Rural utility co-ops now are offering green pricing
When Cathy McCrystal learned she could purchase clean, renewable energy for her Kanab home, she leapt at the chance.
Delivered by her local utility co-op Garkane Energy, her electricity still comes from the Western grid, but 300 kilowatt hours of renewable energy have been transferred into the pool in her name.
McCrystal moved from Las Vegas to Kanab five years ago to escape the air pollution. But the smog followed her, she says, obscuring the once-spectacular Grand Canyon view from her front door.
"The air, even out here in Kanab, is getting polluted," she says. "I doubt that my $5.85 [each month] is going to change the world, but it's a start."
Customers of Garkane, along with five other rural co-ops that belong to the South Jordan-based Deseret Power Electric Cooperative, now may participate in a "green pricing" program, which allows customers to pay the additional cost of renewable power and choose how their electricity is produced.
Dubbed GreenWay, the Deseret Power program gives co-op members the option to pay $1.95 per 100 kilowatt-hour block of renewable power on top of their monthly power bills. Deseret Power, which operates the coal-fed Bonanza Power Plant near Vernal, then buys that amount of power from a renewable energy producer.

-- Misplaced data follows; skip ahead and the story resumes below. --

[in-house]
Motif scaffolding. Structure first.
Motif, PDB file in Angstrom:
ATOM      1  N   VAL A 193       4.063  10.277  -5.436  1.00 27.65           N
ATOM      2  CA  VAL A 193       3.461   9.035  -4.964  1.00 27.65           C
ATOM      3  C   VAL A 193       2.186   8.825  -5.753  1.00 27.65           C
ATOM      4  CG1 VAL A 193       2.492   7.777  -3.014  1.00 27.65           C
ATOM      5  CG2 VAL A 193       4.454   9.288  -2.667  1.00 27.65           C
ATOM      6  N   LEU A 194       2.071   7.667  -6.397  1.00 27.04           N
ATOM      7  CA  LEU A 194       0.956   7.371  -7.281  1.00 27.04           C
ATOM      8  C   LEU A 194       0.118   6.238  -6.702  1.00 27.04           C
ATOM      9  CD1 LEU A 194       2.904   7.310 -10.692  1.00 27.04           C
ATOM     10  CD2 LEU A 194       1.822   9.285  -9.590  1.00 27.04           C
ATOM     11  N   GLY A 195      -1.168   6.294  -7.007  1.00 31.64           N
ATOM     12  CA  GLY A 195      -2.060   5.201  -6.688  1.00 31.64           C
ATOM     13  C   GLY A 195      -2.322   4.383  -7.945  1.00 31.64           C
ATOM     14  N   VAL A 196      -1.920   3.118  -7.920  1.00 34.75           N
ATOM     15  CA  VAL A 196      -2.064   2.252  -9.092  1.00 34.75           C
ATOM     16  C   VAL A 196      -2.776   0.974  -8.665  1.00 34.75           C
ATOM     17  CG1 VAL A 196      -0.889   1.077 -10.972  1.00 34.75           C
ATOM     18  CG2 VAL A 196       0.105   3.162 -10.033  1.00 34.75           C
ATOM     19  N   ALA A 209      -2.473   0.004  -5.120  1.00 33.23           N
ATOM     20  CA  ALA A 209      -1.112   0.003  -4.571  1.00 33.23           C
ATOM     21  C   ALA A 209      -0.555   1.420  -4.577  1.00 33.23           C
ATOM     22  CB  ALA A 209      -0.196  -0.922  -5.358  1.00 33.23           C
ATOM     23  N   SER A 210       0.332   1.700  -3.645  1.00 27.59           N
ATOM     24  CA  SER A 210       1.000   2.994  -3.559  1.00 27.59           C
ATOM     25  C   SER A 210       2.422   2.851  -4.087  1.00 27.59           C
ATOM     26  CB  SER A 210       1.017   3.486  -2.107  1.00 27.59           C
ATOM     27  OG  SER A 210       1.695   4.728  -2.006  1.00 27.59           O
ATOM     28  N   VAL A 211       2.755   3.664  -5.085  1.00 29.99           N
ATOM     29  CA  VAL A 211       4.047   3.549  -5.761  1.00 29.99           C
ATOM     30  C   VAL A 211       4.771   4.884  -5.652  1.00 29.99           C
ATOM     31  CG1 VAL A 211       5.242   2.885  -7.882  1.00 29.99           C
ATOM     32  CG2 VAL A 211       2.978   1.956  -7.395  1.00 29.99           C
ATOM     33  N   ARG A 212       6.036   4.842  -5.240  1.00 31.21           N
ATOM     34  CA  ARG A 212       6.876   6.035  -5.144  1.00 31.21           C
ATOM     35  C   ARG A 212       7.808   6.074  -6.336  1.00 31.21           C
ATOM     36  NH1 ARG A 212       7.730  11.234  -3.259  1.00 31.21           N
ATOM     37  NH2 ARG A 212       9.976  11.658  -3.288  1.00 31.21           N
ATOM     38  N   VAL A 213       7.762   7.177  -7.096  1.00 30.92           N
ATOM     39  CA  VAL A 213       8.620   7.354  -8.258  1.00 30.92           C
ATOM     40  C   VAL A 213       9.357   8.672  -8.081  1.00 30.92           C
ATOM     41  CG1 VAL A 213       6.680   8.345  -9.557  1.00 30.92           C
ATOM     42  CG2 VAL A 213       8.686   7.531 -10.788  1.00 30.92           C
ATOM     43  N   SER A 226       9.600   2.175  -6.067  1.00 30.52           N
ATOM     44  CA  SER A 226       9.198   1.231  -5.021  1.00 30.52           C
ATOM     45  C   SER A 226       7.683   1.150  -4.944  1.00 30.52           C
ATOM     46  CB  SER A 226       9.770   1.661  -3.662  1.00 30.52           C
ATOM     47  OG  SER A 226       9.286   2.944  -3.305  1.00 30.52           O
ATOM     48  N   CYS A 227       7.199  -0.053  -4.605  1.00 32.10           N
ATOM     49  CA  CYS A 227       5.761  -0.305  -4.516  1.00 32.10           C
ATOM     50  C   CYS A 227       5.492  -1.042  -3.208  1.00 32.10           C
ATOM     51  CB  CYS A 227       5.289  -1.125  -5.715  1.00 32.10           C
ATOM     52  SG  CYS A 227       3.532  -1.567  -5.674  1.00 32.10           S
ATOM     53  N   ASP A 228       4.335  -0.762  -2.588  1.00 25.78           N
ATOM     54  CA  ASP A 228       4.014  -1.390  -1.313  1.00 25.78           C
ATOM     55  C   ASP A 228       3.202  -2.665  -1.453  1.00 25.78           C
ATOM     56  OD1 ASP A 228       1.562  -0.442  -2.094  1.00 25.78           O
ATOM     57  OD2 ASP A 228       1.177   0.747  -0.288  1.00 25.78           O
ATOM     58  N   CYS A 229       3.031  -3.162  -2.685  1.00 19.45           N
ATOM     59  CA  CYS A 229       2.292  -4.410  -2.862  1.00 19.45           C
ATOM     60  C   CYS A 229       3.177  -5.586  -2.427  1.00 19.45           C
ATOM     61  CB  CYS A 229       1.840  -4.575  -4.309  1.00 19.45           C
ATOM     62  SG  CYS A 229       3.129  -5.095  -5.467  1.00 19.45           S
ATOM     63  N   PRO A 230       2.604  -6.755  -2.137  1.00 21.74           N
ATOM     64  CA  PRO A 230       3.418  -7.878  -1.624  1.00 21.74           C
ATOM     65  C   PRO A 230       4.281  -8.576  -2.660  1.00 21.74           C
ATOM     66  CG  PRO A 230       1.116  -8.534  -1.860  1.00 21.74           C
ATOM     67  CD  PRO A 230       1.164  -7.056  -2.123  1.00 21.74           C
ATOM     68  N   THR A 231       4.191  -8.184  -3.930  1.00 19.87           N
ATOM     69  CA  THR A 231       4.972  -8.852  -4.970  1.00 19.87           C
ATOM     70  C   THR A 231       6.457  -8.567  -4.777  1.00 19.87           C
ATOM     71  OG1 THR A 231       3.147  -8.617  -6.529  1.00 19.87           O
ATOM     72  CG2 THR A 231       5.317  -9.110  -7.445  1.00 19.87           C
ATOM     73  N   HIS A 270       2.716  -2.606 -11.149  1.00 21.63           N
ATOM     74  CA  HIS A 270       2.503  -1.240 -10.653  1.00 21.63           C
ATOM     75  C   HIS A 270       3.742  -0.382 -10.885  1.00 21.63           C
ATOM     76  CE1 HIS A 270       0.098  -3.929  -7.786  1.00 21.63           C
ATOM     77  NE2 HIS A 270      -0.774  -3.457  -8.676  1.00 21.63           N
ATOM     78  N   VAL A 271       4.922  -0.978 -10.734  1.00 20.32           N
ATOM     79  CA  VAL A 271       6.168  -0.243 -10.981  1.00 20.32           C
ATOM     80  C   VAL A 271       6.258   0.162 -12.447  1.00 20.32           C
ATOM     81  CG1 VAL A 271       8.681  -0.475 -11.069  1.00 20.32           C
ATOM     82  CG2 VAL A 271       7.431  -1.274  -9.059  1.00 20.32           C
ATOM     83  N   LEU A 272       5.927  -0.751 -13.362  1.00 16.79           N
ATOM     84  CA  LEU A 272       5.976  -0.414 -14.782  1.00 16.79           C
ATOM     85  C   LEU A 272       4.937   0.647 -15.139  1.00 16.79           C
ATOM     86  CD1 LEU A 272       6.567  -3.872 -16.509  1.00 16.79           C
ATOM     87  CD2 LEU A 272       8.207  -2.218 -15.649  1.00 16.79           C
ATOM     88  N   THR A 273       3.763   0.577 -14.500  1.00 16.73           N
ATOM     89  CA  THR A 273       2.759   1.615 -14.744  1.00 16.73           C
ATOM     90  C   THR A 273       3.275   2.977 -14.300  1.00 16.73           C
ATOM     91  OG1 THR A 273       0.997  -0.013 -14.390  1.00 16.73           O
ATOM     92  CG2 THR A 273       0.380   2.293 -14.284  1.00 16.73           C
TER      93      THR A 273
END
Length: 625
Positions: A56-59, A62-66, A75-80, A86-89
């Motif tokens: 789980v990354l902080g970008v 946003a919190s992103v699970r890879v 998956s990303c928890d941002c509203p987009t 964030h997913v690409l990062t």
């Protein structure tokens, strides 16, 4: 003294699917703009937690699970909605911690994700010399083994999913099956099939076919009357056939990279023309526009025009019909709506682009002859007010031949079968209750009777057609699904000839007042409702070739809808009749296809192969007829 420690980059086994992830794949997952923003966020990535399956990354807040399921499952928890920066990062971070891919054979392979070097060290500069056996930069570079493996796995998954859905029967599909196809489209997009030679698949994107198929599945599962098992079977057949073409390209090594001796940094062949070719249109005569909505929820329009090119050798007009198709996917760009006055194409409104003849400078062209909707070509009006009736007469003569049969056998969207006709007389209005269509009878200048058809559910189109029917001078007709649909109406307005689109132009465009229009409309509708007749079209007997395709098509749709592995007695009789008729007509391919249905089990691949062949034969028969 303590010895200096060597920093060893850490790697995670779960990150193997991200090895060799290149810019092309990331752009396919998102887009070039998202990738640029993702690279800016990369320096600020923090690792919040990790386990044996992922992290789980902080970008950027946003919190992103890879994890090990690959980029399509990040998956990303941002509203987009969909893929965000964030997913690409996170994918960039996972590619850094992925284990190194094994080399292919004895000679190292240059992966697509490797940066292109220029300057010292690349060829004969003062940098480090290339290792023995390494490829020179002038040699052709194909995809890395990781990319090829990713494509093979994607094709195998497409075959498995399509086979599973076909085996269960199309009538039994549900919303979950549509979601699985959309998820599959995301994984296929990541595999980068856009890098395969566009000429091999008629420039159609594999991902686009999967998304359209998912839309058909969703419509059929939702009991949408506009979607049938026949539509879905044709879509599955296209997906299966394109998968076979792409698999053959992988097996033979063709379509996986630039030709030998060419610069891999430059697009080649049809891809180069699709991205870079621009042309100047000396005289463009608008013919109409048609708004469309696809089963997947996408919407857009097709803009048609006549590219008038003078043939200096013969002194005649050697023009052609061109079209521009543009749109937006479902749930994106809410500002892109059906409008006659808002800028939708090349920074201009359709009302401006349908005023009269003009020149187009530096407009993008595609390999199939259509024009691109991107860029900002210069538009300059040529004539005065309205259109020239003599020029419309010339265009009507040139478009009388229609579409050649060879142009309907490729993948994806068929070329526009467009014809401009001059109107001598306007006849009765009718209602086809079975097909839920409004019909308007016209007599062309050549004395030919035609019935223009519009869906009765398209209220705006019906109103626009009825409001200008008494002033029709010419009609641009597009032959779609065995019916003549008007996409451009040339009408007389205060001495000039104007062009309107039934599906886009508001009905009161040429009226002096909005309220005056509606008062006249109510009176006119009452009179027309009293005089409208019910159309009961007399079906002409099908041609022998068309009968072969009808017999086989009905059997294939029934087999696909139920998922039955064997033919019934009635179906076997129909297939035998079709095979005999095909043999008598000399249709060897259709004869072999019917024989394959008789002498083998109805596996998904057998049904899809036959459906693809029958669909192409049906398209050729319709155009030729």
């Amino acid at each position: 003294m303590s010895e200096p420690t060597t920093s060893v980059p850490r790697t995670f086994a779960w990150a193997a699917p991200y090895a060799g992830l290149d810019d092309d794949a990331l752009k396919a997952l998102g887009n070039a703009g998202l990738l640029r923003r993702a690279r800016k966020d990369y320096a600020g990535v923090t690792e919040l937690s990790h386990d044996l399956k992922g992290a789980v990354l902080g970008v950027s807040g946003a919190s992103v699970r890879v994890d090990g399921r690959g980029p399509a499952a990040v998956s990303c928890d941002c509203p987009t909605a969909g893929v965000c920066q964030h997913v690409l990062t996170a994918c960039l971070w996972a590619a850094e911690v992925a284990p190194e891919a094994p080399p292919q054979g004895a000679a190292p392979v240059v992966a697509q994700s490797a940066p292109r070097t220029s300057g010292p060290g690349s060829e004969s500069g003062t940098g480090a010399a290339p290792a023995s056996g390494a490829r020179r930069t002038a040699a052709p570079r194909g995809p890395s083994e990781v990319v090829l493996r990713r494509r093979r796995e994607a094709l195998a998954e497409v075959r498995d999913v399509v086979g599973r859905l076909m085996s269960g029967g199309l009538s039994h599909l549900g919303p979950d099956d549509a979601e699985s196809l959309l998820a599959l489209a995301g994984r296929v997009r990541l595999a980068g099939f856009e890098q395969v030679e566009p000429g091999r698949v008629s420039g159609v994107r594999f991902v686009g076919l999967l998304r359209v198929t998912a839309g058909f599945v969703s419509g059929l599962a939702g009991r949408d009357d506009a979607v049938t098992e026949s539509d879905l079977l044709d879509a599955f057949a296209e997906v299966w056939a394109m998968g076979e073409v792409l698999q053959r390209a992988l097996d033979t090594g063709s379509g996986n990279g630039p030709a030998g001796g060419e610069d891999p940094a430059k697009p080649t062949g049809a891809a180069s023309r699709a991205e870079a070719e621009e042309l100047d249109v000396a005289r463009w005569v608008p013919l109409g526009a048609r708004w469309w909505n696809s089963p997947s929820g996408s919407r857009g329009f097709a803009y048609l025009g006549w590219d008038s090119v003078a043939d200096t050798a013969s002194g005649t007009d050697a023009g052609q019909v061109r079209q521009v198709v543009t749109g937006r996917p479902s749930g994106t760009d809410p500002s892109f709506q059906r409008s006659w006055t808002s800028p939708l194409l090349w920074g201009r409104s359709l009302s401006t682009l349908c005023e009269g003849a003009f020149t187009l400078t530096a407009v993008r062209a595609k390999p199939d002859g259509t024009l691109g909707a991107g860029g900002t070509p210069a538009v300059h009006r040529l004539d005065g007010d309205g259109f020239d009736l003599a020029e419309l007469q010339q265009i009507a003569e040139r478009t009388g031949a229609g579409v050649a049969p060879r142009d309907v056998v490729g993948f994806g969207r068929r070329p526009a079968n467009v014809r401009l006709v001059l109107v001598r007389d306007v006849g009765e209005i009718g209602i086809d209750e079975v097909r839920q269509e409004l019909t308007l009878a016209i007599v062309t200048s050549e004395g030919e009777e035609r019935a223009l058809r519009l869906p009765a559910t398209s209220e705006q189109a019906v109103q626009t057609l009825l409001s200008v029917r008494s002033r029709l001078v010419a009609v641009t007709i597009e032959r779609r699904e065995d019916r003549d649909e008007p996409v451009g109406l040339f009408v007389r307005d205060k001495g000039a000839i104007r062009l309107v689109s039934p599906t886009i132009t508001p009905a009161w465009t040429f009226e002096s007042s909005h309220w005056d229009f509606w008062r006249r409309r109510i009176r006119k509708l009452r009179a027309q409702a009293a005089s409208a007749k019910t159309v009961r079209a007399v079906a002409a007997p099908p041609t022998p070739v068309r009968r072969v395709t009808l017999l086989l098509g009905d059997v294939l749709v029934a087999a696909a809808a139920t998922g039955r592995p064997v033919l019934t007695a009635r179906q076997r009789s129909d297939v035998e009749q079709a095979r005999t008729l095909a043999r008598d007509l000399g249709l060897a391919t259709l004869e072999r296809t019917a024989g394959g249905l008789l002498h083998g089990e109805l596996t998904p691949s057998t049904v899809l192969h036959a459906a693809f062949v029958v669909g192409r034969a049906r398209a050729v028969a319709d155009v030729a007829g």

"Cooperatives try to provide their members with different kinds of choices," says Keith Hill, Deseret Power's director of retail marketing. The member-owned utility provides electricity - and sometimes Internet service and propane - to 47,000 people in Utah, Nevada, Wyoming, Colorado and Arizona.
GreenWay is similar to Utah Power's Blue Sky program, which allows customers to purchase wind power at the same rate.
Almost 5 years old, Blue Sky now has enrolled close to 14,000 customers who collectively buy 3.5 million kilowatt hours of renewable energy each month.
Renewable energy, such as wind, solar and geothermal power, has gained popularity in recent years as a way to reduce consumption of fossil fuels and cut down air pollution.
McCrystal's monthly 300 kilowatt-hour purchase will, over the course of a year, save 3,600 pounds of coal and prevent 7,200 pounds of carbon dioxide from entering the atmosphere. That's the equivalent of planting a 1.5-acre forest or not driving a car 7,500 miles, according to the Environmental Protection Agency.
"In Utah, the majority of our electricity is generated by coal-powered plants. Many consumers would like to drive a clean energy system," says Sarah Wright, director of Utah Clean Energy, a nonprofit advocacy group. "By choosing renewable energy, they're letting their voices be heard."
Deseret Power cooperatives
l Bridger Valley Electric, http://www.bvea.net, Mt. View, Wyo., 307-786-2800 or 800-276-3481
l Garkane Energy, http://www.garkaneenergy.com, three Utah offices: Loa, 435-836-2795; Hatch, 435-735-4288; Kanab, 435-644-5026
l Mt. Wheeler Power, http://www.mwpower.net, Ely, Nev., 800-977-6937, 775-289-8981
l Moon Lake Electric Association Inc., http://www.mleainc.com, Roosevelt, 435-722-2448
l Flowell Electric, Fillmore, 435-743-6214
l Dixie-Escalante Rural Electric Association, Beryl, 801-439-5311
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